Cycling Lead Acid Batteries

Discussion in 'General Electronics Chat' started by Andrew Leigh, Oct 14, 2008.

  1. Andrew Leigh

    Thread Starter Well-Known Member

    Sep 8, 2008
    92
    2
    Hi,

    I have a 12V battery and charger in my caravan. The charger operational at all times and connected to the battery terminals. I have been told that when the 12V lights are switched on that they draw current from the battery rather than the charger and that the charger merely replenishes the lost charge. This it was explained, was to facilitate battery cycling and promoted healthy batteries which I can understand.

    Firstly, does the battery provide the current?
    Secondly, if the battery is the source, how does the light discriminate between the battery and the charger as its source?



    Thanks
    Andrew
     
  2. beenthere

    Retired Moderator

    Apr 20, 2004
    15,815
    282
    The question would require a schematic of the charger and lighting circuit to give an accurate answer. It may be just as simple as a diode isolating the charger when the battery is supplying current to a sensing circuit that opens a relay/turns off a transistor when there is current in the lighting wires.
     
  3. Andrew Leigh

    Thread Starter Well-Known Member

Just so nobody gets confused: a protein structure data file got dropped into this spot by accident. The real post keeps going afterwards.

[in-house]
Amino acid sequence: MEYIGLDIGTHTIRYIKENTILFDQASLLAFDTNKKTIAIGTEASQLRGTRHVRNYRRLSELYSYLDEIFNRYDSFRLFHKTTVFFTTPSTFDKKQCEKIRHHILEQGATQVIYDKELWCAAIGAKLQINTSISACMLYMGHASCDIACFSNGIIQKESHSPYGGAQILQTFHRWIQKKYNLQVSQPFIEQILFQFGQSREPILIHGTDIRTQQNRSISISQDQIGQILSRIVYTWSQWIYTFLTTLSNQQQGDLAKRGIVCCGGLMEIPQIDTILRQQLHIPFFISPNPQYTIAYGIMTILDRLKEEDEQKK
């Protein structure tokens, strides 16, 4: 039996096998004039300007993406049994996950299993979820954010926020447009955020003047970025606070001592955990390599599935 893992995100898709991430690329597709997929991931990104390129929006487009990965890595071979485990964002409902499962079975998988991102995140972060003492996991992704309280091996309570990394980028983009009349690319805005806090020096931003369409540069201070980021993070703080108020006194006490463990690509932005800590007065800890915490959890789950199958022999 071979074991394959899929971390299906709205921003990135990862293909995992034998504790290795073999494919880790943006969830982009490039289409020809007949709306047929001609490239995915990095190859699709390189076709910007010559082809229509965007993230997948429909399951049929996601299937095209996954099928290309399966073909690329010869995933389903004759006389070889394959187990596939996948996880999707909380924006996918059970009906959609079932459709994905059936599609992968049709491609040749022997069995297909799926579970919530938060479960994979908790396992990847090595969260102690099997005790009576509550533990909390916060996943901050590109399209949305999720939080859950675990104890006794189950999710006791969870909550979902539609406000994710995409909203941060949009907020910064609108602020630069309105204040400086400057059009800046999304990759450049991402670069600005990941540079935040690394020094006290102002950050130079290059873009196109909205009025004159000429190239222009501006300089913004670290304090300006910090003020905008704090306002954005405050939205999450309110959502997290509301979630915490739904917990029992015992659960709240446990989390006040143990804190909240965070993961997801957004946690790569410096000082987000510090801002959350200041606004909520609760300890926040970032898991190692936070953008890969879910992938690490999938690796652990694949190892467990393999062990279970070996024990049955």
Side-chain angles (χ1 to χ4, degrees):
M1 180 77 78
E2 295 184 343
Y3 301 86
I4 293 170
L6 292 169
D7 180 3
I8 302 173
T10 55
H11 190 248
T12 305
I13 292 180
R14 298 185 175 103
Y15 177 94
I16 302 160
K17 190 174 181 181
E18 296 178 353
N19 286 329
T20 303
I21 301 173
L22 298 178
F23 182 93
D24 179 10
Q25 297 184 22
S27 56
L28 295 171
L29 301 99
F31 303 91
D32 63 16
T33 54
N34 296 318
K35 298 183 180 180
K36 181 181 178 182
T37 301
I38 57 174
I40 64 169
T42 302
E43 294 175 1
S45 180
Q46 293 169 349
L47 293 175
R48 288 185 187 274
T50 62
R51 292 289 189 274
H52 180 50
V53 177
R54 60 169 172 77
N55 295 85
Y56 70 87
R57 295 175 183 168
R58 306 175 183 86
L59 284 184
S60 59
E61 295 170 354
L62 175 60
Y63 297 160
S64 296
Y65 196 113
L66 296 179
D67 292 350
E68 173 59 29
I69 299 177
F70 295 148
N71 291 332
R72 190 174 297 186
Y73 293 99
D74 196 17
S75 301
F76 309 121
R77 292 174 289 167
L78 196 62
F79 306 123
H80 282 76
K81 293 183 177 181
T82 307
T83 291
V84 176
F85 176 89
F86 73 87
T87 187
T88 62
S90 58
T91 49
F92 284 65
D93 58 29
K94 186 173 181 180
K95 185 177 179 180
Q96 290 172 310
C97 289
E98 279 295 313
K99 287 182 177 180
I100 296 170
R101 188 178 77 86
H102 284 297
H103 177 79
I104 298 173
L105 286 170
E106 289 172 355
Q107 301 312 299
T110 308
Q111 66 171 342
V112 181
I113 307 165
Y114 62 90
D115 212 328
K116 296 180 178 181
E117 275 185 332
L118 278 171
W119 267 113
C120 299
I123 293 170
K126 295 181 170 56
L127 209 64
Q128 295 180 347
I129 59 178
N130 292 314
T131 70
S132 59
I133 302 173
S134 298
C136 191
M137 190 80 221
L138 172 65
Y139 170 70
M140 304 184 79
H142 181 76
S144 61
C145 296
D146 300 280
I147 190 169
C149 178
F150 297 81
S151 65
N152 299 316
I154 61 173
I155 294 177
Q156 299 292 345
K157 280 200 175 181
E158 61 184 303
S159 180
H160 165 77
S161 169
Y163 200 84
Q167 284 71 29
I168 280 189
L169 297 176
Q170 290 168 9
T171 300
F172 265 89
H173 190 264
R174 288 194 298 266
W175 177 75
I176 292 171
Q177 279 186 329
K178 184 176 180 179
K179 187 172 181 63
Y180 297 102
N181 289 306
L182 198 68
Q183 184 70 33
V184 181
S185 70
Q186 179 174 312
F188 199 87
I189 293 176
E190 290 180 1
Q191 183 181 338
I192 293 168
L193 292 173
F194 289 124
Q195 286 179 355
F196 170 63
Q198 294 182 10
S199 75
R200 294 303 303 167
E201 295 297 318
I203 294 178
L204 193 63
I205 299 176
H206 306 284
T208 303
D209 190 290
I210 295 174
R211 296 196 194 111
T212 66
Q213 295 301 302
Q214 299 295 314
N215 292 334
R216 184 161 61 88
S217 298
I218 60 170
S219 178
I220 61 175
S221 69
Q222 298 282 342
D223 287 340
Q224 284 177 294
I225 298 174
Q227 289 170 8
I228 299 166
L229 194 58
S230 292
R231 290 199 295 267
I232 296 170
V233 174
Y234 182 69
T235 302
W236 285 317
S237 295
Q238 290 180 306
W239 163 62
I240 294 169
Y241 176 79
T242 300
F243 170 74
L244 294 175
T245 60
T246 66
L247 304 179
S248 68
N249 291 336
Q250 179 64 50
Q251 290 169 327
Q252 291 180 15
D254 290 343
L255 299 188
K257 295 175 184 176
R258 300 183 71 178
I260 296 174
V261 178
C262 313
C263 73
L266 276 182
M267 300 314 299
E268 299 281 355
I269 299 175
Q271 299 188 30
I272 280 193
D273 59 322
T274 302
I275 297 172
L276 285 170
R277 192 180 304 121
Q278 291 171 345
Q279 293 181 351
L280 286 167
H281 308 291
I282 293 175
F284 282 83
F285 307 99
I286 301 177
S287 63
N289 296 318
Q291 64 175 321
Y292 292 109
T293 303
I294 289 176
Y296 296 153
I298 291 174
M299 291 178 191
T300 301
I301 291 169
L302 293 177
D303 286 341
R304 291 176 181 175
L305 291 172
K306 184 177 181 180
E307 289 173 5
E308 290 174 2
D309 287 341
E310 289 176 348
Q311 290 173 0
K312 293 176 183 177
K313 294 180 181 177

Sep 8, 2008
    92
    2
    Thanks for the response,

    the control box housing the charger is mounted in the most awkward place and is an absolute swine to remove so it will be difficult to have a look inside. Besides the manufacturers will not give me a diagram??

    Could it be as simple as having a current limited charger say of 4A. Lets assume the load of the 12V lights is 12A. That would immediately have a drain on the battery of 8A which would be replenished while sleeping?

    Will try get the schematic.

    Regards
    Andrew
     
  4. theamber

    Active Member

    Jun 13, 2008
    318
    0
    I think you were told wrong. If your lights are connected to the battery poles where the charger is connected to, then the electrons will flow more in the lower resistant path they will find usually from the charger clamps. Also for example if your charger supplies a steady 5A and your lights consume 5A you will be just trading charges and nothing to worry about. True that the solucion inside the battery loses its properties over time.
     
  5. Andrew Leigh

    Thread Starter Well-Known Member

    Sep 8, 2008
    92
    2
    Hi,

    Thanks for that. I phoned the manufacturer and they still will not give me the circuit diagram but the technical guy did confirm that the lights will not work unless the battery is connected. From this I have to assume that the electrons come from the battery rather than the charger. The battery clamps have both the charger and light connections connected to them.

    This would lead me to believe that there is some circuitry, as beenthere mentioned, that controls matters.

    I was just curious as to how it worked that was all, my very finite understanding of electrons is not sufficient to arrive at an answer.

    Thanks
    Andrew
     
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